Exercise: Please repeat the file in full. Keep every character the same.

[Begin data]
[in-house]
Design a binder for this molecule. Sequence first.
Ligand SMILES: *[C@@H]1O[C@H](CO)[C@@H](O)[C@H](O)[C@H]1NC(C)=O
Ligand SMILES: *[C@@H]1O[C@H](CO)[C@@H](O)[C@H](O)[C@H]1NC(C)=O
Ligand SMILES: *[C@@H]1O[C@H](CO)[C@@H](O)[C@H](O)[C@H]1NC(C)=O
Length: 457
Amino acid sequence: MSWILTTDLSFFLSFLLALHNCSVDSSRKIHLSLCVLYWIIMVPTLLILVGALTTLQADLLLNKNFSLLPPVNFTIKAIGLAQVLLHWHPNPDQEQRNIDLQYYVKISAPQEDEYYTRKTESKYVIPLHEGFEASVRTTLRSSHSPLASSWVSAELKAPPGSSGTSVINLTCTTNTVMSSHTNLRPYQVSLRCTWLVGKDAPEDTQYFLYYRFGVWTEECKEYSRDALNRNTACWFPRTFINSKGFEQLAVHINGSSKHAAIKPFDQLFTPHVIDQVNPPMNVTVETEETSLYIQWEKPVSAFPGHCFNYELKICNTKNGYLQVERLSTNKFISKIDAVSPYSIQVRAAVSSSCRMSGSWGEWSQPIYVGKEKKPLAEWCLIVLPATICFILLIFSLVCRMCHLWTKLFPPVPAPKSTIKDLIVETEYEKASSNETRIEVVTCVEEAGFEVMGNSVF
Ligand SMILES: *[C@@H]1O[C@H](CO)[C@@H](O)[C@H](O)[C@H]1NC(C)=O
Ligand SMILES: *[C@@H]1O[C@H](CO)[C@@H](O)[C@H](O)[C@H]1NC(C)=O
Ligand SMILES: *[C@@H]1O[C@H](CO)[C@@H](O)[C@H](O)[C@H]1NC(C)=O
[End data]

[in-house]
Design a binder for this molecule. Sequence first.
Ligand SMILES: *[C@@H]1O[C@H](CO)[C@@H](O)[C@H](O)[C@H]1NC(C)=O
Ligand SMILES: *[C@@H]1O[C@H](CO)[C@@H](O)[C@H](O)[C@H]1NC(C)=O
Ligand SMILES: *[C@@H]1O[C@H](CO)[C@@H](O)[C@H](O)[C@H]1NC(C)=O
Length: 457
Amino acid sequence: MSWILTTDLSFFLSFLLALHNCSVDSSRKIHLSLCVLYWIIMVPTLLILVGALTTLQADLLLNKNFSLLPPVNFTIKAIGLAQVLLHWHPNPDQEQRNIDLQYYVKISAPQEDEYYTRKTESKYVIPLHEGFEASVRTTLRSSHSPLASSWVSAELKAPPGSSGTSVINLTCTTNTVMSSHTNLRPYQVSLRCTWLVGKDAPEDTQYFLYYRFGVWTEECKEYSRDALNRNTACWFPRTFINSKGFEQLAVHINGSSKHAAIKPFDQLFTPHVIDQVNPPMNVTVETEETSLYIQWEKPVSAFPGHCFNYELKICNTKNGYLQVERLSTNKFISKIDAVSPYSIQVRAAVSSSCRMSGSWGEWSQPIYVGKEKKPLAEWCLIVLPATICFILLIFSLVCRMCHLWTKLFPPVPAPKSTIKDLIVETEYEKASSNETRIEVVTCVEEAGFEVMGNSVF
Ligand SMILES: *[C@@H]1O[C@H](CO)[C@@H](O)[C@H](O)[C@H]1NC(C)=O
Ligand SMILES: *[C@@H]1O[C@H](CO)[C@@H](O)[C@H](O)[C@H]1NC(C)=O
Ligand SMILES: *[C@@H]1O[C@H](CO)[C@@H](O)[C@H](O)[C@H]1NC(C)=O